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SHALL -> MUST

The [spec](https://tools.ietf.org/html/rfc2119) states that these keywords are aliased to each other (in order to alleviate issues arising from the misinterpretation of using "shall"). Consistency helps readers (especially new/unfamiliar ones). 👀 References:

- https://www.faa.gov/about/initiatives/plain_language/articles/mandatory/ 
- https://ell.stackexchange.com/a/171990/2487
pull/200/head
Jesse Jackson 1 year ago
committed by GitHub
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      CONTRIBUTING.md

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CONTRIBUTING.md View File

@ -88,26 +88,26 @@ C4 is meant to provide a reusable optimal collaboration model for open source so
### Preliminaries
- The project SHALL use the git distributed revision control system.
- The project SHALL be hosted on github.com or equivalent, herein called the "Platform".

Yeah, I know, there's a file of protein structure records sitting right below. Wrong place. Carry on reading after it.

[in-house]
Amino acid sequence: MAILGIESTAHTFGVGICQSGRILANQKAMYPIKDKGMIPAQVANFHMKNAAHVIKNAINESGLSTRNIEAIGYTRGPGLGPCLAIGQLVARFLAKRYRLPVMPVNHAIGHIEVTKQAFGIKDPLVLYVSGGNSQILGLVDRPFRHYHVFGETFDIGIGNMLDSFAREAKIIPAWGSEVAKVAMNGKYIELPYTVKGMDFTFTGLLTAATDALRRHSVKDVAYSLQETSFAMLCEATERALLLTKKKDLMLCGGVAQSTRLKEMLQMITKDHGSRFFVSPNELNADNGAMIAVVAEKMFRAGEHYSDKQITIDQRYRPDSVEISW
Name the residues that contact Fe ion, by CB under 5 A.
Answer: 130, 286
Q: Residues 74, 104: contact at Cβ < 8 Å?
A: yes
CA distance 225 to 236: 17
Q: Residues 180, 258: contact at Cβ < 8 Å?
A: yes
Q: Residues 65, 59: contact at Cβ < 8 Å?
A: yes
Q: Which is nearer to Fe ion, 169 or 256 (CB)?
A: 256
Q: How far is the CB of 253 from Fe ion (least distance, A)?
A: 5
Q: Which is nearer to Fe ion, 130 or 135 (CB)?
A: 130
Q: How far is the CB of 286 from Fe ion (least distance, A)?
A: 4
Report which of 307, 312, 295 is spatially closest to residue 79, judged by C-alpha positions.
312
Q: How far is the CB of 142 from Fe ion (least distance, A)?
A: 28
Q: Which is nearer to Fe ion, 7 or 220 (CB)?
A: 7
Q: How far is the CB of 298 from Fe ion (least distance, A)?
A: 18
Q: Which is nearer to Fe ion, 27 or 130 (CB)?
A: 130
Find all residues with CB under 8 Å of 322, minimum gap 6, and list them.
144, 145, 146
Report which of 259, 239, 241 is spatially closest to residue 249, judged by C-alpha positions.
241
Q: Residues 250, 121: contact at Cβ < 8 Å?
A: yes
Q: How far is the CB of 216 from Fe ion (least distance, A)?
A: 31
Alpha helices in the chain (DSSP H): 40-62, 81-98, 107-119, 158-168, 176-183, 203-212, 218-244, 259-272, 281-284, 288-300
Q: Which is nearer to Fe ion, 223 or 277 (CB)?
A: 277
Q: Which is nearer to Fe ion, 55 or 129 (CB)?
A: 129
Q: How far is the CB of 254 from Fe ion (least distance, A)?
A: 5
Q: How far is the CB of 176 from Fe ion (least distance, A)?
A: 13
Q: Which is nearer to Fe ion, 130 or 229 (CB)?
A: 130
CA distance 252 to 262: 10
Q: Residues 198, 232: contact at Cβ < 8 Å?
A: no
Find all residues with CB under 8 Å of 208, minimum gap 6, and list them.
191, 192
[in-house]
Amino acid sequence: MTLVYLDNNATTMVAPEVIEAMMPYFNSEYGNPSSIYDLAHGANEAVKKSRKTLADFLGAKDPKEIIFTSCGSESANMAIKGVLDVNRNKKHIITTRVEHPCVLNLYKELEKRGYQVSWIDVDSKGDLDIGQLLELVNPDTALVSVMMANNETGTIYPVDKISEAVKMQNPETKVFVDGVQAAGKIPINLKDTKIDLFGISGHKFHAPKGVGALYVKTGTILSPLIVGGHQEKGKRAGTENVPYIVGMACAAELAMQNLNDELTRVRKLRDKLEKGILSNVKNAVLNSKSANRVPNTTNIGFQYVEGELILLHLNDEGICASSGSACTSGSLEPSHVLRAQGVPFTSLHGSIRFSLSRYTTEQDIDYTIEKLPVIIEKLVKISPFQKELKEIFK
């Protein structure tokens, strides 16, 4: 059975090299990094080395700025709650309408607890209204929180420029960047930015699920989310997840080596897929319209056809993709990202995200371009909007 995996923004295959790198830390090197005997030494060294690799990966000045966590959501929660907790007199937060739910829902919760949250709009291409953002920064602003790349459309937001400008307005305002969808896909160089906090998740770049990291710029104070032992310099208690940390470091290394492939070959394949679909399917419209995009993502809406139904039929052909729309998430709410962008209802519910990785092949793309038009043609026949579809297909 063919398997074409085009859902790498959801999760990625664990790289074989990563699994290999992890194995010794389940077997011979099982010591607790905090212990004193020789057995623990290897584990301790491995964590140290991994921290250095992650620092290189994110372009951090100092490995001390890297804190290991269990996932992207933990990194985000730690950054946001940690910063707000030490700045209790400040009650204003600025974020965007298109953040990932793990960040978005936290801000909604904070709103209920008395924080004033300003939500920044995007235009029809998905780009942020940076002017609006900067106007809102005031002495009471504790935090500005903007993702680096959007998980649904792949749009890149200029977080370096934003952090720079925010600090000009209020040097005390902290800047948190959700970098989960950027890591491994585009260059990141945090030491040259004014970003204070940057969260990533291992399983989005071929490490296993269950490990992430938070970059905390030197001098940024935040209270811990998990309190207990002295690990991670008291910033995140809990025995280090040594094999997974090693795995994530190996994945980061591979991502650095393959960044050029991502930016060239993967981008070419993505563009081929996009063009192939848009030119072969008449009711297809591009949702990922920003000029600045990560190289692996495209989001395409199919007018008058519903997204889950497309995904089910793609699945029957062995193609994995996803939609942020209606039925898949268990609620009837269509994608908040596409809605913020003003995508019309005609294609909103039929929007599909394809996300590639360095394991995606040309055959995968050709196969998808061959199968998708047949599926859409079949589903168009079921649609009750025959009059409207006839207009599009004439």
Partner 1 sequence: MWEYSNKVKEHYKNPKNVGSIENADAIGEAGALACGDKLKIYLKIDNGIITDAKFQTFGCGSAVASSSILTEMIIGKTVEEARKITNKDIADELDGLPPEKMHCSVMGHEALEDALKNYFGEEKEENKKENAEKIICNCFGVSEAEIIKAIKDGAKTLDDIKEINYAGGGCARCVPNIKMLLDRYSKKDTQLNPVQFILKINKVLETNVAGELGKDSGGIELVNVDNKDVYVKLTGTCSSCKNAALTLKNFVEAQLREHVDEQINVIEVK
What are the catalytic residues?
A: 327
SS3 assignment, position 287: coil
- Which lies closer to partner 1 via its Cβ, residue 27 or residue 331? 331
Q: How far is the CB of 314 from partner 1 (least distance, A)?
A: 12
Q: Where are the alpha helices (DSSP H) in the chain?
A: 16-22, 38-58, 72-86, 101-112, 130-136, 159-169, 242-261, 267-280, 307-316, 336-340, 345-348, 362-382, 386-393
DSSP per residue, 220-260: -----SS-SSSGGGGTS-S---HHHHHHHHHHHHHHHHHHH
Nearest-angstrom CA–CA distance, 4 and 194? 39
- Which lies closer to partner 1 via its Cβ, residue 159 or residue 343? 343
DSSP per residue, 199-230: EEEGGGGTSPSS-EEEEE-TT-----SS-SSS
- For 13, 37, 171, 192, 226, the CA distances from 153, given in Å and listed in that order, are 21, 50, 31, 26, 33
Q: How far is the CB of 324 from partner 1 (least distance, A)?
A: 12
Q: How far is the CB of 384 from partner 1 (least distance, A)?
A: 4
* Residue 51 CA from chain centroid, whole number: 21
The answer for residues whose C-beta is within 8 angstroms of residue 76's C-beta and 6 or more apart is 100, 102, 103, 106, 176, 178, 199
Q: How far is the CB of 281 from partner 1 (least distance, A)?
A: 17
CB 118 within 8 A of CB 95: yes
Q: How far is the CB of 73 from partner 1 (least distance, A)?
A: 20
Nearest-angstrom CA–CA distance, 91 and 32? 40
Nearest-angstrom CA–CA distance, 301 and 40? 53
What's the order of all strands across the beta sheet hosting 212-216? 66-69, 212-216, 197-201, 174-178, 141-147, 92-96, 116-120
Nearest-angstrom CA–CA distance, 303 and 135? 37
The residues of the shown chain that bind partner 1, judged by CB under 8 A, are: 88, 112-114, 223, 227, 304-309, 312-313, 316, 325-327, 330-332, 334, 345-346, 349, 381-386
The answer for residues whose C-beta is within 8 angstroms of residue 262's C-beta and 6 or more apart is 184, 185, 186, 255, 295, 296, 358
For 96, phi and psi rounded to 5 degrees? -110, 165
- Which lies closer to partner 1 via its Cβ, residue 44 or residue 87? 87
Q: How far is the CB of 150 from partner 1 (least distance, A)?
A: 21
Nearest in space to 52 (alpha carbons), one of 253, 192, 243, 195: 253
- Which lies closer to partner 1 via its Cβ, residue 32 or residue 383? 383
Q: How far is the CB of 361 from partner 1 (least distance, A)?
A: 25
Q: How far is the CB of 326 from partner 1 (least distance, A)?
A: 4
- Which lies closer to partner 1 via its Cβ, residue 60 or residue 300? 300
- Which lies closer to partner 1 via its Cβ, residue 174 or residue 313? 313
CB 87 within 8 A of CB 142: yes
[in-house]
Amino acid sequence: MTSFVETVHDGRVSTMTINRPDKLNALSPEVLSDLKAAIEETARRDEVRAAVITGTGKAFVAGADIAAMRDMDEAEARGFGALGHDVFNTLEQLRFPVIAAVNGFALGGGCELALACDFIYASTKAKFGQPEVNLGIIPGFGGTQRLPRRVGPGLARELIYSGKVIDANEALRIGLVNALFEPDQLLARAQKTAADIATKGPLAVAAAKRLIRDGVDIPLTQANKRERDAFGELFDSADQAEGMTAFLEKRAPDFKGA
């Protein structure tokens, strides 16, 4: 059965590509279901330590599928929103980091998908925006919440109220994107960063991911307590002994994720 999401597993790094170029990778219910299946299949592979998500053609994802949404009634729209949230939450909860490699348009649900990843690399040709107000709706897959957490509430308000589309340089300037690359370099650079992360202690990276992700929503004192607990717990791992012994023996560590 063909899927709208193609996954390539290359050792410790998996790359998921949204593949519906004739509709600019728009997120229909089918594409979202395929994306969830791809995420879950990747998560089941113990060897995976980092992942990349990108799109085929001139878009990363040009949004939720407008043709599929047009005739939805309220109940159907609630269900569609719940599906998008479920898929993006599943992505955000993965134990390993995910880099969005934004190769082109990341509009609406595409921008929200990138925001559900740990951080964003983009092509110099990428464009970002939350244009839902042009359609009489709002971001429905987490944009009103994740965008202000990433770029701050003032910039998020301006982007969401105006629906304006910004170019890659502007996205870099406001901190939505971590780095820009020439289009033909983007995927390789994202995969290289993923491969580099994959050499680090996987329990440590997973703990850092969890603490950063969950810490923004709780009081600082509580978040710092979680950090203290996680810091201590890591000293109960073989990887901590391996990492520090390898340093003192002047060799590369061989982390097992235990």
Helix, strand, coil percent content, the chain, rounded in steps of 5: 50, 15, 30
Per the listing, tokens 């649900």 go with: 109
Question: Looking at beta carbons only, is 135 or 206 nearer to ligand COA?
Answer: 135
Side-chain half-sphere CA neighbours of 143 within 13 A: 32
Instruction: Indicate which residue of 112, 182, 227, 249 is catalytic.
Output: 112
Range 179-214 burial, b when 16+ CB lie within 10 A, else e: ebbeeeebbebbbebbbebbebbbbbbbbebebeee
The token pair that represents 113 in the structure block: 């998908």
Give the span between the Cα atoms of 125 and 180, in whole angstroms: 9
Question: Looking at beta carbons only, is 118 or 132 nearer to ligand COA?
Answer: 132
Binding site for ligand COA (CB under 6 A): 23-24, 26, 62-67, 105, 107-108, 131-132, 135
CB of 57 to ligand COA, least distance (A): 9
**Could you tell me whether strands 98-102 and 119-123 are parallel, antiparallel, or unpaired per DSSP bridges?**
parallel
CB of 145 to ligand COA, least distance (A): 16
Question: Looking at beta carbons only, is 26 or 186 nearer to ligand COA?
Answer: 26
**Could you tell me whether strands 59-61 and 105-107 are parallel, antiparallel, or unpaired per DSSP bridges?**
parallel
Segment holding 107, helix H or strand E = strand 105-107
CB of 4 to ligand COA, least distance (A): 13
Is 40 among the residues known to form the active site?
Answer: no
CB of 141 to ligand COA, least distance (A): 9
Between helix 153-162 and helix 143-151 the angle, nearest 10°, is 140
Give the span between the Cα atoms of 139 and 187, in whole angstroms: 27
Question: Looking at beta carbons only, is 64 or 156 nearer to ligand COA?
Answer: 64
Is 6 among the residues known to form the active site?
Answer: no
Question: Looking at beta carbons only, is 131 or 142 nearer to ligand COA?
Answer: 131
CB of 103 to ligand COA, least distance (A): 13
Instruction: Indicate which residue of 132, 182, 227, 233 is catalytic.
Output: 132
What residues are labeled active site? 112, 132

- The project SHALL use the Platform issue tracker.
- The project MUST use the git distributed revision control system.
- The project MUST be hosted on github.com or equivalent, herein called the "Platform".
- The project MUST use the Platform issue tracker.
- Non-GitHub example:
- "Platform" could be a vanilla git repo and Trac hosted on the same machine/network.
- The Platform issue tracker would be Trac.
- The project SHOULD have clearly documented guidelines for code style.
- A "Contributor" is a person who wishes to provide a patch, being a set of commits that solve some clearly identified problem.
- A "Maintainer" is a person who merges patches to the project. Maintainers are not developers; their job is to enforce process.
- Contributors SHALL NOT have commit access to the repository unless they are also Maintainers.
- Maintainers SHALL have commit access to the repository.